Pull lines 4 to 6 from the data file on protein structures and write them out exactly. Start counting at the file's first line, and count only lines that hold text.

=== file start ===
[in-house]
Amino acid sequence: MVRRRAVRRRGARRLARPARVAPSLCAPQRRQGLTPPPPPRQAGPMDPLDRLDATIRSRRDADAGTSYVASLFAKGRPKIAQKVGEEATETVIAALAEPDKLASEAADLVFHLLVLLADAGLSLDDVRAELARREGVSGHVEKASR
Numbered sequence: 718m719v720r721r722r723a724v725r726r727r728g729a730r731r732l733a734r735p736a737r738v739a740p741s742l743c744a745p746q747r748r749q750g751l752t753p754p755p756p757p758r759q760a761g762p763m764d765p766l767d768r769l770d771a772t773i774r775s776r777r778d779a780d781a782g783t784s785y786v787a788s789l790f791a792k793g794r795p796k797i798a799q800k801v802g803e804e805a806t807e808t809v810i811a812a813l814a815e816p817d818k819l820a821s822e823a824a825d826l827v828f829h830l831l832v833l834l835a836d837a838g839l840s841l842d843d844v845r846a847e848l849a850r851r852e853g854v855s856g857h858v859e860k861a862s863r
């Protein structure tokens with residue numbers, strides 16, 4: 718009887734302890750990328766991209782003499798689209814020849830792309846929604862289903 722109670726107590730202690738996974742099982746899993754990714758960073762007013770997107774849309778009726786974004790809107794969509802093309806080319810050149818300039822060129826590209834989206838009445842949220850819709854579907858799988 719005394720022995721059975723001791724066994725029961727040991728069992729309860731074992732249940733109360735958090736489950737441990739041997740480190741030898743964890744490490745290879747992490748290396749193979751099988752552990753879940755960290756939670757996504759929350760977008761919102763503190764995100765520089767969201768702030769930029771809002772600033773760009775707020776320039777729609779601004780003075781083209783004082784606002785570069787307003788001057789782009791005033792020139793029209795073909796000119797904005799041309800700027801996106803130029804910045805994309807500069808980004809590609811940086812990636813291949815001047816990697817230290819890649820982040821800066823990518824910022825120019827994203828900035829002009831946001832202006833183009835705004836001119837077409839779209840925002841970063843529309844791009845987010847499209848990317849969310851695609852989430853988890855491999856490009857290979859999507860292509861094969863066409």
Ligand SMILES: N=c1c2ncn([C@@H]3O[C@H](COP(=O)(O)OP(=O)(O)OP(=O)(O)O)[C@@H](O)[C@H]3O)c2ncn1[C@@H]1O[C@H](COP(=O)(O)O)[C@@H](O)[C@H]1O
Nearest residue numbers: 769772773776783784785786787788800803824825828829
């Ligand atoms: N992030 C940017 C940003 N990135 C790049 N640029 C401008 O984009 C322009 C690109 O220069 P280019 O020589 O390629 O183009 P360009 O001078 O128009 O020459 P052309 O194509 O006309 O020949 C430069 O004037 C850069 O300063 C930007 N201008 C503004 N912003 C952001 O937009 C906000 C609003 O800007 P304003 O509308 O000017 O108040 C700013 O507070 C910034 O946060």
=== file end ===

């Protein structure tokens with residue numbers, strides 16, 4: 718009887734302890750990328766991209782003499798689209814020849830792309846929604862289903 722109670726107590730202690738996974742099982746899993754990714758960073762007013770997107774849309778009726786974004790809107794969509802093309806080319810050149818300039822060129826590209834989206838009445842949220850819709854579907858799988 719005394720022995721059975723001791724066994725029961727040991728069992729309860731074992732249940733109360735958090736489950737441990739041997740480190741030898743964890744490490745290879747992490748290396749193979751099988752552990753879940755960290756939670757996504759929350760977008761919102763503190764995100765520089767969201768702030769930029771809002772600033773760009775707020776320039777729609779601004780003075781083209783004082784606002785570069787307003788001057789782009791005033792020139793029209795073909796000119797904005799041309800700027801996106803130029804910045805994309807500069808980004809590609811940086812990636813291949815001047816990697817230290819890649820982040821800066823990518824910022825120019827994203828900035829002009831946001832202006833183009835705004836001119837077409839779209840925002841970063843529309844791009845987010847499209848990317849969310851695609852989430853988890855491999856490009857290979859999507860292509861094969863066409």
Ligand SMILES: N=c1c2ncn([C@@H]3O[C@H](COP(=O)(O)OP(=O)(O)OP(=O)(O)O)[C@@H](O)[C@H]3O)c2ncn1[C@@H]1O[C@H](COP(=O)(O)O)[C@@H](O)[C@H]1O
Nearest residue numbers: 769772773776783784785786787788800803824825828829